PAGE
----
The city’s Planning Commission will review a revised proposal from Brickhaus Partners for its 700 Lake project at a special meeting Aug. 6 at 7 p.m.
The developers withdrew a proposal for the $35 million condominium and townhouse project on Lake Road just west of Bradstreet’s Landing from its scheduled meeting with the Planning Commission July 16 due to not meeting changes the commission requested.
“We just weren’t as far along with our designs as we would have liked to have been,” said 700 Lake developer, Andrew Brickman, the founder of Brickhaus Partners. “The Planning Commission had a lot of concerns with our project and we wanted to make sure we answered all of them, which we couldn’t by the time the meeting came.”
Brickman said he would present a fully prepared plan for the project to the commission by Aug. 6. If the commission approves the new proposal, a public hearing will be held soon after.
Previously, the commission rejected proposals from the developer because they differed from what was accepted in previous City Council meetings when the site was rezoned. Building material, landscaping and parking lots have changed, holding up the project until these discrepancies are resolved.
Problems with the latest design became apparent during the city’s Design and Construction Board of Review meeting on July 15 when members raised questions and concerns about the latest proposal for the development on the Lake Erie shoreline.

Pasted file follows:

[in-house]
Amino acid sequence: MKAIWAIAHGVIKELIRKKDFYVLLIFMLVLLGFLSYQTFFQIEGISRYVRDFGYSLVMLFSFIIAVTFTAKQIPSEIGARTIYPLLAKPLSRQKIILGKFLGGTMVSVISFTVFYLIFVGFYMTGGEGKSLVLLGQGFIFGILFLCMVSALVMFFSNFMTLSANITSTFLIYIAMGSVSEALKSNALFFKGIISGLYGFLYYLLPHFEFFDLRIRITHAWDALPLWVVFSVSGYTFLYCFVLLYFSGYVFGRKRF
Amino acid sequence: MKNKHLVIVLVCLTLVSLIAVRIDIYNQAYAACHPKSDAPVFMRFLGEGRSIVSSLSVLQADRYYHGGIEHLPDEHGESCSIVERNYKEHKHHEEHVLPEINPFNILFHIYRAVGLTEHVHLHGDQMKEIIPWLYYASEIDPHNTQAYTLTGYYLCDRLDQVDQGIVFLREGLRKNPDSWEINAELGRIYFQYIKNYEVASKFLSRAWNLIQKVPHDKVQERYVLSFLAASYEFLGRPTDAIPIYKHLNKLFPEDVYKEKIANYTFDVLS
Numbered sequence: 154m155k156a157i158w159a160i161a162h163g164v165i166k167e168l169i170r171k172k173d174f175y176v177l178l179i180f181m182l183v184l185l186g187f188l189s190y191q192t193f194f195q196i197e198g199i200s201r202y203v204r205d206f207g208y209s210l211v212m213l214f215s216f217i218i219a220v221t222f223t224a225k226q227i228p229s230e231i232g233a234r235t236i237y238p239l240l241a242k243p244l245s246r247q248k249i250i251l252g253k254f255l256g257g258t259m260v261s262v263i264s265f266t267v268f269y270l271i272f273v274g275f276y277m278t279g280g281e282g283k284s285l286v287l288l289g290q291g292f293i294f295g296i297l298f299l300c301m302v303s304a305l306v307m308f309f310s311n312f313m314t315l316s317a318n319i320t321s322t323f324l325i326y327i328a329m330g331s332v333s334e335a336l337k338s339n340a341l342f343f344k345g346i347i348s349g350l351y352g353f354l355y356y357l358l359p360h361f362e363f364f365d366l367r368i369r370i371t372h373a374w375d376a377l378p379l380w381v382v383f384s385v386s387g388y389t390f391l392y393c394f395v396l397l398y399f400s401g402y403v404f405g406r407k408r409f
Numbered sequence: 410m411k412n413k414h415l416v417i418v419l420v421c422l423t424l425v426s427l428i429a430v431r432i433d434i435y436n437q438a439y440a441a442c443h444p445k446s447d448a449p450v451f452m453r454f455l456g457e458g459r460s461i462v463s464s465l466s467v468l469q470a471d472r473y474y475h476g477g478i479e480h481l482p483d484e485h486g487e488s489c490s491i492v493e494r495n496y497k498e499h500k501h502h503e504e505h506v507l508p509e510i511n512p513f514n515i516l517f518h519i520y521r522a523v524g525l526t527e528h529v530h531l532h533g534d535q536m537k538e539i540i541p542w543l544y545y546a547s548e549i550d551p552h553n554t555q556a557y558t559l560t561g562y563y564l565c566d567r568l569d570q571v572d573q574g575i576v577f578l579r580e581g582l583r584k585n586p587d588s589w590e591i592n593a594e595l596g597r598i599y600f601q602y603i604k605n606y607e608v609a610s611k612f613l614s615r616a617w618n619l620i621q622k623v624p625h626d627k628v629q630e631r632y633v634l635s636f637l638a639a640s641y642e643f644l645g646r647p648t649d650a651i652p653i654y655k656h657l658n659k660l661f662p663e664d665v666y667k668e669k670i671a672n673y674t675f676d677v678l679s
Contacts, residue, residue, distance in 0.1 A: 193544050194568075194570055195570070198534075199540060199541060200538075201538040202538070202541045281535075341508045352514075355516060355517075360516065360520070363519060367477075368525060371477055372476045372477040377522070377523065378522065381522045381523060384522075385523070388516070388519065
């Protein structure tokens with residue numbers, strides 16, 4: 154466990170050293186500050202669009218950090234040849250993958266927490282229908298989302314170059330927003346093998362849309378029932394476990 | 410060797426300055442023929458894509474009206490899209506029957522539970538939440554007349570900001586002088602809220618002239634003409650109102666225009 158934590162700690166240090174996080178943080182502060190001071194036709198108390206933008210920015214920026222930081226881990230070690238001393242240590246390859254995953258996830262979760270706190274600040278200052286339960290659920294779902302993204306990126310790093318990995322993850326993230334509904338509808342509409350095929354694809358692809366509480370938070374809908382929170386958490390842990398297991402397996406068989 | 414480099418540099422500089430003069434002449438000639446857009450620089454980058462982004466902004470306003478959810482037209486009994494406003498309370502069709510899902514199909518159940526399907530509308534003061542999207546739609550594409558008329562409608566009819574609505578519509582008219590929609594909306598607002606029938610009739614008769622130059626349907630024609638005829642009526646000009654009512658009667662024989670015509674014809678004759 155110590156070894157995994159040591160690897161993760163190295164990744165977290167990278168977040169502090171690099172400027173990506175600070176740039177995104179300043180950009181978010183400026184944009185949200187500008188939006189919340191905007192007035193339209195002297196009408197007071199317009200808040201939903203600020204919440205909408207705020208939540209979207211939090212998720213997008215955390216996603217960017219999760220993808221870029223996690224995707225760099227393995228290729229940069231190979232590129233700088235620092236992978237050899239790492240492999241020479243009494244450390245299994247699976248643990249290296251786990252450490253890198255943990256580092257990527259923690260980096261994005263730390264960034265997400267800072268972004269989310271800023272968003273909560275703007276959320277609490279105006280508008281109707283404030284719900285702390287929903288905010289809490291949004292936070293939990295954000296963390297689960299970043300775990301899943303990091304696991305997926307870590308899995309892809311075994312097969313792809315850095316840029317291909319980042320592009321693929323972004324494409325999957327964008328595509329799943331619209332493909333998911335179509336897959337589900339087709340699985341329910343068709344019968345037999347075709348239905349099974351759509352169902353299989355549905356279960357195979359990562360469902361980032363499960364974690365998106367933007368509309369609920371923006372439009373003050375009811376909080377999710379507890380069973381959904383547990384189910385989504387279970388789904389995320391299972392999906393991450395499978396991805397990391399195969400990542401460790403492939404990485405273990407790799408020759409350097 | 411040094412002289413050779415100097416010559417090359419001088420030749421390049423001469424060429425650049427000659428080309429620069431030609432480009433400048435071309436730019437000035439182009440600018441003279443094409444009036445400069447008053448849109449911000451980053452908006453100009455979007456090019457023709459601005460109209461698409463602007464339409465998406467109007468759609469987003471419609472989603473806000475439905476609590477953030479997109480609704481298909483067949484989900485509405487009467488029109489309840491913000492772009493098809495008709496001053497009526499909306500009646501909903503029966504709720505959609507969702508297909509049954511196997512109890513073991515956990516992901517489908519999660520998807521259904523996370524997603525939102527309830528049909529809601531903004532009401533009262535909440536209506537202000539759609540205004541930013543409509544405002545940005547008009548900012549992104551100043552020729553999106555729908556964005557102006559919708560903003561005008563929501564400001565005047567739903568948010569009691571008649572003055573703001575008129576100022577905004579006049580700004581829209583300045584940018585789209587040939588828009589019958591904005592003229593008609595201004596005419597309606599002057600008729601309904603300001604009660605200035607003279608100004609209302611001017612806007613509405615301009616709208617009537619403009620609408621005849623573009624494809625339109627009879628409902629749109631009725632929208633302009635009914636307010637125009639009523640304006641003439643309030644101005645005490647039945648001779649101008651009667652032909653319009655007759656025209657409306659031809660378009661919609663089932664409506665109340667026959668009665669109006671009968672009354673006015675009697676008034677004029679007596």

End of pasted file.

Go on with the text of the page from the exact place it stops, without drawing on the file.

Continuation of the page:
700 Lake representatives struggled to convey their vision of the project to board members during an hour-long session.
“There’s a strong need to understand what’s going on on Lake Road,” board Chairman Jim Larsen said during the meeting. “We’re still confused.”
Board members’ main concern is the site’s topography, specifically the elevation and grading needed to build townhomes on Lake Road, which the plans showed. Larsen pointed out that if he were jogging on the sidewalk on Lake, as one of the designs showed, he could fall off and break his foot. He used his desk as a reference to how the elevation of the site affected that.
Project Manager Alexandra Yonkov and Development Partner John Carney worked through various blueprints to help board members understand what they were looking at. Despite their best attempts, the board was not swayed.
“Until I see this all blown up, I am lost in understanding the relationship of the units on Lake Road and the perimeter.” Larsen said after an explanation of the townhomes and their elevation.
Brickman wants to build 25 condominiums and 17 townhomes on a 2.5-acre site. He has torn down two homes on Lake and wants to raze four homes on Breezevale Cove, then redevelop the site.
In an interview earlier this month, he projected that the first phase of the two-phase project would begin between late August and early September. According to Brickman, the project will cost $35 million to $45 million.
About 55 people are on the list to reserve a unit for the project. They had to pay a $3,000 deposit to be considered. If applicants wish to pull out of their reservation or have found somewhere else to live, the deposit is refundable, Brickman said.
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